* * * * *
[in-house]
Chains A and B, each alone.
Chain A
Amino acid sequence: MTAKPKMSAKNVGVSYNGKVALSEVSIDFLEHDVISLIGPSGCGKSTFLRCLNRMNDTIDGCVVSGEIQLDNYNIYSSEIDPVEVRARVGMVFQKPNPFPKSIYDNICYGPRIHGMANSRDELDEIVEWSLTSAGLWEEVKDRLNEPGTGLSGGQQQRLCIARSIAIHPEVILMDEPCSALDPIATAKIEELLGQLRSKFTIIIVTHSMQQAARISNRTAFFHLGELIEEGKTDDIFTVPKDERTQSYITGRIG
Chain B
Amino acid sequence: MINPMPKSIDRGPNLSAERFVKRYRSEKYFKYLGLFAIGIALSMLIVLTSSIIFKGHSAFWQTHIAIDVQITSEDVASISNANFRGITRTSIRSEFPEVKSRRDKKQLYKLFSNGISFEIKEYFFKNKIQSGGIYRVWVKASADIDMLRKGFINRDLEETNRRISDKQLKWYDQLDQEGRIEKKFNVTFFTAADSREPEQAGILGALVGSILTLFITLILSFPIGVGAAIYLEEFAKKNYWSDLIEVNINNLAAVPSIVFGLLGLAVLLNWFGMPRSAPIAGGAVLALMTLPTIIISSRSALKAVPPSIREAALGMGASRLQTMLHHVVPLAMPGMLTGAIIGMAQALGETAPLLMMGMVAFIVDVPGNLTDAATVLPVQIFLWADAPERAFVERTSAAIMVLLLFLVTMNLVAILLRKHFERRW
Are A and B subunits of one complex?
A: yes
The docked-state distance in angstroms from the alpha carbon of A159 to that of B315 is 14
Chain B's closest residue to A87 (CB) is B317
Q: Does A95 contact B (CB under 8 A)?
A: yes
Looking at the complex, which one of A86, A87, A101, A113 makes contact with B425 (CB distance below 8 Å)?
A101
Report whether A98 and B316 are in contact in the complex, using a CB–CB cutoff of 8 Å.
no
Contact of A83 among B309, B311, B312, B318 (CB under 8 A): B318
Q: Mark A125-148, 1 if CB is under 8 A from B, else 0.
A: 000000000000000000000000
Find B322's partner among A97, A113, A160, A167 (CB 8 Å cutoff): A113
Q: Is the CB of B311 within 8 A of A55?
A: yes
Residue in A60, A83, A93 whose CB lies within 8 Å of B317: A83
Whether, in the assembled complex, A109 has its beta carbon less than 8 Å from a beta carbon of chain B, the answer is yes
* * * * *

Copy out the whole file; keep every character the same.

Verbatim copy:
[in-house]
Chains A and B, each alone.
Chain A
Amino acid sequence: MTAKPKMSAKNVGVSYNGKVALSEVSIDFLEHDVISLIGPSGCGKSTFLRCLNRMNDTIDGCVVSGEIQLDNYNIYSSEIDPVEVRARVGMVFQKPNPFPKSIYDNICYGPRIHGMANSRDELDEIVEWSLTSAGLWEEVKDRLNEPGTGLSGGQQQRLCIARSIAIHPEVILMDEPCSALDPIATAKIEELLGQLRSKFTIIIVTHSMQQAARISNRTAFFHLGELIEEGKTDDIFTVPKDERTQSYITGRIG
Chain B
Amino acid sequence: MINPMPKSIDRGPNLSAERFVKRYRSEKYFKYLGLFAIGIALSMLIVLTSSIIFKGHSAFWQTHIAIDVQITSEDVASISNANFRGITRTSIRSEFPEVKSRRDKKQLYKLFSNGISFEIKEYFFKNKIQSGGIYRVWVKASADIDMLRKGFINRDLEETNRRISDKQLKWYDQLDQEGRIEKKFNVTFFTAADSREPEQAGILGALVGSILTLFITLILSFPIGVGAAIYLEEFAKKNYWSDLIEVNINNLAAVPSIVFGLLGLAVLLNWFGMPRSAPIAGGAVLALMTLPTIIISSRSALKAVPPSIREAALGMGASRLQTMLHHVVPLAMPGMLTGAIIGMAQALGETAPLLMMGMVAFIVDVPGNLTDAATVLPVQIFLWADAPERAFVERTSAAIMVLLLFLVTMNLVAILLRKHFERRW
Are A and B subunits of one complex?
A: yes
The docked-state distance in angstroms from the alpha carbon of A159 to that of B315 is 14
Chain B's closest residue to A87 (CB) is B317
Q: Does A95 contact B (CB under 8 A)?
A: yes
Looking at the complex, which one of A86, A87, A101, A113 makes contact with B425 (CB distance below 8 Å)?
A101
Report whether A98 and B316 are in contact in the complex, using a CB–CB cutoff of 8 Å.
no
Contact of A83 among B309, B311, B312, B318 (CB under 8 A): B318
Q: Mark A125-148, 1 if CB is under 8 A from B, else 0.
A: 000000000000000000000000
Find B322's partner among A97, A113, A160, A167 (CB 8 Å cutoff): A113
Q: Is the CB of B311 within 8 A of A55?
A: yes
Residue in A60, A83, A93 whose CB lies within 8 Å of B317: A83
Whether, in the assembled complex, A109 has its beta carbon less than 8 Å from a beta carbon of chain B, the answer is yes